All eyes on Wrigley, Pepper Construction for Sunday's debut

 
 
Updated 4/4/2015 9:34 AM
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  • Pepper Construction, based in Chicago and Barrington, is working on the renovation of Wrigley Field.

    Pepper Construction, based in Chicago and Barrington, is working on the renovation of Wrigley Field. COURTESY OF PEPPER CONSTRUCTION

  • Pepper Construction, based in Chicago and Barrington, is working on the renovation of Wrigley Field.

    Pepper Construction, based in Chicago and Barrington, is working on the renovation of Wrigley Field. COURTESY OF PEPPER CONSTRUCTION

  • Jim Nissen

    Jim Nissen

  • At left, Pepper Construction in Barrington.

    At left, Pepper Construction in Barrington. COURTESY OF PEPPER CONSTRUCTION

  • Pepper Construction headquarters in Chicago.

    Pepper Construction headquarters in Chicago. COURTESY OF PEPPER CONSTRUCTION

  • Richard Pepper

    Richard Pepper

  • Dave Pepper

    Dave Pepper

  • Construction continued on renovations to Wrigley Field Thursday including the installation of a Jumbotron above the left field bleachers, background, and a Budweiser sign in right field.

    Construction continued on renovations to Wrigley Field Thursday including the installation of a Jumbotron above the left field bleachers, background, and a Budweiser sign in right field.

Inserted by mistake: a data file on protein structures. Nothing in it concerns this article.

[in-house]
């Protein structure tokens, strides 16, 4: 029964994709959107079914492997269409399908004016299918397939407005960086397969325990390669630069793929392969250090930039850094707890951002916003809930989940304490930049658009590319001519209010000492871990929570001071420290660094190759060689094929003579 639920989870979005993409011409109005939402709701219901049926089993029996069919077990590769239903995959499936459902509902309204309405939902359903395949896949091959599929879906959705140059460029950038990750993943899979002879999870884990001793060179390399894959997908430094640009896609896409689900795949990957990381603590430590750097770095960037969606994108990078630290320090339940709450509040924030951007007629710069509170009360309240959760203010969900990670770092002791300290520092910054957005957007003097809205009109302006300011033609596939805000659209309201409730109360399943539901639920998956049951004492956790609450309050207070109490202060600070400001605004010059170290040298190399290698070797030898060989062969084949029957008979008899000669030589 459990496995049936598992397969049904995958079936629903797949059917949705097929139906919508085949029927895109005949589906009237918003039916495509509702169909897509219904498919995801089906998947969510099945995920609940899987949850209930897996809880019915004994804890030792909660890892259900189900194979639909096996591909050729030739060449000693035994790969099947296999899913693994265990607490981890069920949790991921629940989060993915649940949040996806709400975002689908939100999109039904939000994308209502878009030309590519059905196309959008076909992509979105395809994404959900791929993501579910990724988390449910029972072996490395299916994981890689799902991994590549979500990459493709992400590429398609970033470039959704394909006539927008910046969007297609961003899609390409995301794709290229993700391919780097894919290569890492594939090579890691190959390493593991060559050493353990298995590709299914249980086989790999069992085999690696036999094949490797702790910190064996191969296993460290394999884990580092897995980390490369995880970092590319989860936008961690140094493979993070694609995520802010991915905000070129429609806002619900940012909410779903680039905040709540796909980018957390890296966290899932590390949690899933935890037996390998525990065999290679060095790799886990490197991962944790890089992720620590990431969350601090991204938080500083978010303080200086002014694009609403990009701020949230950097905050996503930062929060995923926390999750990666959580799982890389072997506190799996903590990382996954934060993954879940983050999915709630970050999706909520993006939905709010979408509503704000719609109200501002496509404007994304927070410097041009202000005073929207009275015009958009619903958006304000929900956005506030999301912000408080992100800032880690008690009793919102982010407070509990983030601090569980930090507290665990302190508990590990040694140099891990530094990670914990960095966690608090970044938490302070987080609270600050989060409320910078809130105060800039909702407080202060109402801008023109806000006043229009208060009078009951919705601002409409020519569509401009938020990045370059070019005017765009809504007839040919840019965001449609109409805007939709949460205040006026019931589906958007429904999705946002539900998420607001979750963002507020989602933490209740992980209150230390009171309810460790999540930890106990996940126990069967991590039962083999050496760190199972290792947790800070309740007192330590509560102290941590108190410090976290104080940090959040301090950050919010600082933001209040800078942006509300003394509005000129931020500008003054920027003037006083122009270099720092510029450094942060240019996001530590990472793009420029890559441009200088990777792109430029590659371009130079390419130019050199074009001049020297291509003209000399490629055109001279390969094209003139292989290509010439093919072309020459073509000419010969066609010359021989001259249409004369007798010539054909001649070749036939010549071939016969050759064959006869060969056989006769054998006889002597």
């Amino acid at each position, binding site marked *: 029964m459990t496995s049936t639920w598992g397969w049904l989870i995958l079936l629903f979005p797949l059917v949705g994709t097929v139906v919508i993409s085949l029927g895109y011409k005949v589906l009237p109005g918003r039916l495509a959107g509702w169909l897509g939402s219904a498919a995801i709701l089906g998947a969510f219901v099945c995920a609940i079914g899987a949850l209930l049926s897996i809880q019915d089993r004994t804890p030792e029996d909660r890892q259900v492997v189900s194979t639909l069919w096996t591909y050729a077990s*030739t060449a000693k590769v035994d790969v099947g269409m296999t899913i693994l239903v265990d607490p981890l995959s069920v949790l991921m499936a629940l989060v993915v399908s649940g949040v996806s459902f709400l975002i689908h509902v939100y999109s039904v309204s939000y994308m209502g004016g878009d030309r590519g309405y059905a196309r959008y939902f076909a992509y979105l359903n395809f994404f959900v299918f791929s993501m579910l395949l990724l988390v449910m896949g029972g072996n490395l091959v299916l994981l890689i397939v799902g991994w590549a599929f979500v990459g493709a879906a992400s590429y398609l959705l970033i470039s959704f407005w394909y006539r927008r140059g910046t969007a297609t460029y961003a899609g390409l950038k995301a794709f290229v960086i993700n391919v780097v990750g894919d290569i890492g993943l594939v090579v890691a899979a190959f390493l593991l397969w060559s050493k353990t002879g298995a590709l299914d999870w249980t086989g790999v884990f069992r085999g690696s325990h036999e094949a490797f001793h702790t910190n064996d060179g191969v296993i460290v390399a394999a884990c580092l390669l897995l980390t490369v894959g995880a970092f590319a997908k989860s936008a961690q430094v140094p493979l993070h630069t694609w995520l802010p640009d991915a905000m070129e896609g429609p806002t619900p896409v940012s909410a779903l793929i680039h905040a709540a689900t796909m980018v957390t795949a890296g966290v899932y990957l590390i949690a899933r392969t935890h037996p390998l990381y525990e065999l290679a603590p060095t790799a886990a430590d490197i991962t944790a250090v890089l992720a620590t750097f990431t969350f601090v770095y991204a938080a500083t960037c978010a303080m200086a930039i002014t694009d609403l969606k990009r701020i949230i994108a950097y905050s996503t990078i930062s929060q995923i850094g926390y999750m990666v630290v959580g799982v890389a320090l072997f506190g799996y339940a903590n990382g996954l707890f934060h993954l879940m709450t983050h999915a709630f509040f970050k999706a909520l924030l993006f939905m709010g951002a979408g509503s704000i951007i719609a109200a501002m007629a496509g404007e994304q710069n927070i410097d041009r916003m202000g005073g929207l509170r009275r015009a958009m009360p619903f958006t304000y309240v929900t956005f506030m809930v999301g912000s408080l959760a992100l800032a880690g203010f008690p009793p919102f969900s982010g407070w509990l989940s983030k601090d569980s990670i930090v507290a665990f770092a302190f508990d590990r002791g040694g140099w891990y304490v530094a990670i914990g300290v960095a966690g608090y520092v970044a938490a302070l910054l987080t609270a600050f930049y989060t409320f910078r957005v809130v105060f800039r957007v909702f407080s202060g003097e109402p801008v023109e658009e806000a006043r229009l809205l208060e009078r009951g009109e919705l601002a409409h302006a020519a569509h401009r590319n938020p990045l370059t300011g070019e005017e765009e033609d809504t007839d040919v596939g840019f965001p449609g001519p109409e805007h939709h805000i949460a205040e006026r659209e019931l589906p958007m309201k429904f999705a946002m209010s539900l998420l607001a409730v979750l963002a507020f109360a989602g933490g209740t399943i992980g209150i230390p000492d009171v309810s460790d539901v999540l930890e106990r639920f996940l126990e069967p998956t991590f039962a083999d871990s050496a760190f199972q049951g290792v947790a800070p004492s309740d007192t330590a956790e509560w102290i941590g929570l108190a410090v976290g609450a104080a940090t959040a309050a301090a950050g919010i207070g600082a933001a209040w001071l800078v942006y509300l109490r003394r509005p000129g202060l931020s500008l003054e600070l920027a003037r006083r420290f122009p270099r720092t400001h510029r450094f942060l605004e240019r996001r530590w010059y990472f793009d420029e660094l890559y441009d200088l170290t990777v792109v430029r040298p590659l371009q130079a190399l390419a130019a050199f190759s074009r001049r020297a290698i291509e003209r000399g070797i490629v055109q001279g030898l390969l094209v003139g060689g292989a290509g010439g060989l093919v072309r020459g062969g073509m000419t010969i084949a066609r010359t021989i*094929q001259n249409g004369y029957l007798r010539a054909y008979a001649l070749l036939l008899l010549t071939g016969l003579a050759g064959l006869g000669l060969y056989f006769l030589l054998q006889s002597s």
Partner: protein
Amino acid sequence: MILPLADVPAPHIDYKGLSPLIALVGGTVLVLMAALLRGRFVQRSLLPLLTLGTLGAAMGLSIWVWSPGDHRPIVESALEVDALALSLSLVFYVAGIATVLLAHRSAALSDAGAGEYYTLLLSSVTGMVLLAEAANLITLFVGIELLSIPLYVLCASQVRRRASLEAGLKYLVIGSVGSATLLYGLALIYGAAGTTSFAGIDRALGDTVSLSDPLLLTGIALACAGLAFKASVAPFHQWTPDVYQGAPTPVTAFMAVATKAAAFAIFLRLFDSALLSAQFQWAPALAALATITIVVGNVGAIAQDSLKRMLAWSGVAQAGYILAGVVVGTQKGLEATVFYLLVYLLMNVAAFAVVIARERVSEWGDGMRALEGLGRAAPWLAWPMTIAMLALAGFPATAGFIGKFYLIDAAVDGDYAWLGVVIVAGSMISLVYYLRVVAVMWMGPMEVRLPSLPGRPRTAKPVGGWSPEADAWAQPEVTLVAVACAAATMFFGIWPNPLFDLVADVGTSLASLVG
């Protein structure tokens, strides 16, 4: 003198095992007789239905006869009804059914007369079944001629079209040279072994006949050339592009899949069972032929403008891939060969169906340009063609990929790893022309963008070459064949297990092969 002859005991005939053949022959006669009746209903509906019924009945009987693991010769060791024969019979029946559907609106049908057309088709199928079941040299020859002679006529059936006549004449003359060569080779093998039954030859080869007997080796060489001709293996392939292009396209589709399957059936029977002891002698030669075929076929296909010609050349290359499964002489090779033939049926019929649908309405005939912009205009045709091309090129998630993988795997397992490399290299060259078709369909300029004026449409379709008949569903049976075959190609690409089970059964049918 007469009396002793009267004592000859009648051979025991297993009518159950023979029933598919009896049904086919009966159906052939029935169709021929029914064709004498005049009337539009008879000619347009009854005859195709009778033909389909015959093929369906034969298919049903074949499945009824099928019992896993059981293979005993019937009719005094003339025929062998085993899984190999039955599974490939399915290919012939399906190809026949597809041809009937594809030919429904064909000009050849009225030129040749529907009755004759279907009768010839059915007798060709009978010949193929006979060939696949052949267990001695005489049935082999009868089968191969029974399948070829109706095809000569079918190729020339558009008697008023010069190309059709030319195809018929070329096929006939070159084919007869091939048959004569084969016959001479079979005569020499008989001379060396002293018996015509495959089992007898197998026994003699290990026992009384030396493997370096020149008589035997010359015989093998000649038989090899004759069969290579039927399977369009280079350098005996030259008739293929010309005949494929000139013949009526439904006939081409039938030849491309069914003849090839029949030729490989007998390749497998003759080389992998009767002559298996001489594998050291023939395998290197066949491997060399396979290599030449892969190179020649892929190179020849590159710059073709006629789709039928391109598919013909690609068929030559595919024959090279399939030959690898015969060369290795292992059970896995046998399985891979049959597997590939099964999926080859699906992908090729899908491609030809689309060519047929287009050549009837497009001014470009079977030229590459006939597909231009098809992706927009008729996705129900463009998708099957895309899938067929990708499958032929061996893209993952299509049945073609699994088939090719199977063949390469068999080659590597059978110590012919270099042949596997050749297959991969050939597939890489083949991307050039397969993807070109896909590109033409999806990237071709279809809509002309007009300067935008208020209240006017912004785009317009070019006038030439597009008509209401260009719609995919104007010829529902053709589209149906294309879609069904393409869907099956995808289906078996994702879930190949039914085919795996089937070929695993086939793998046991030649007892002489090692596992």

Three generations of the Pepper family of Barrington have headed Pepper Construction Group -- and they've all been Chicago Cubs fans.

Founder Stanley F. Pepper, who has since passed away, his son, Richard, and grandson and Chairman Dave Pepper, along with other family members, have owned a skybox at Wrigley Field ever since skyboxes existed.

So it was no surprise that Pepper Construction accepted the centennial project, known as The 1060 Project, to restore and expand the iconic Wrigley Field through 2018.

The company's work will be on display at the Cubs' home opener Sunday against the St. Louis Cardinals, with many fans as fascinated about the ballpark's progress as they are about the game. With work delayed by everything from weather to the city of Chicago approval process, the ballpark will open without left- and right-field bleachers and with plenty of construction equipment on site. But the left-field video screen went up this week, bleachers are promised by summer and the statue of Cubs legend Ernie Banks will be back in place at the corner of Sheffield and Addison.

While Pepper Construction executives referred all questions about details of the 1060 Project to the Cubs, it has been different than other projects because "there are so many more people interested in it," said Pepper Executive Vice President Jim Nissen.

"We're also working on restoring the White House in Barrington, and that's a good analogy," Nissen said, referring to the project to develop a cultural and community center from an 1898 former home in downtown Barrington. "It's an old house that needs restoration and there are all kinds of people who are interested in it."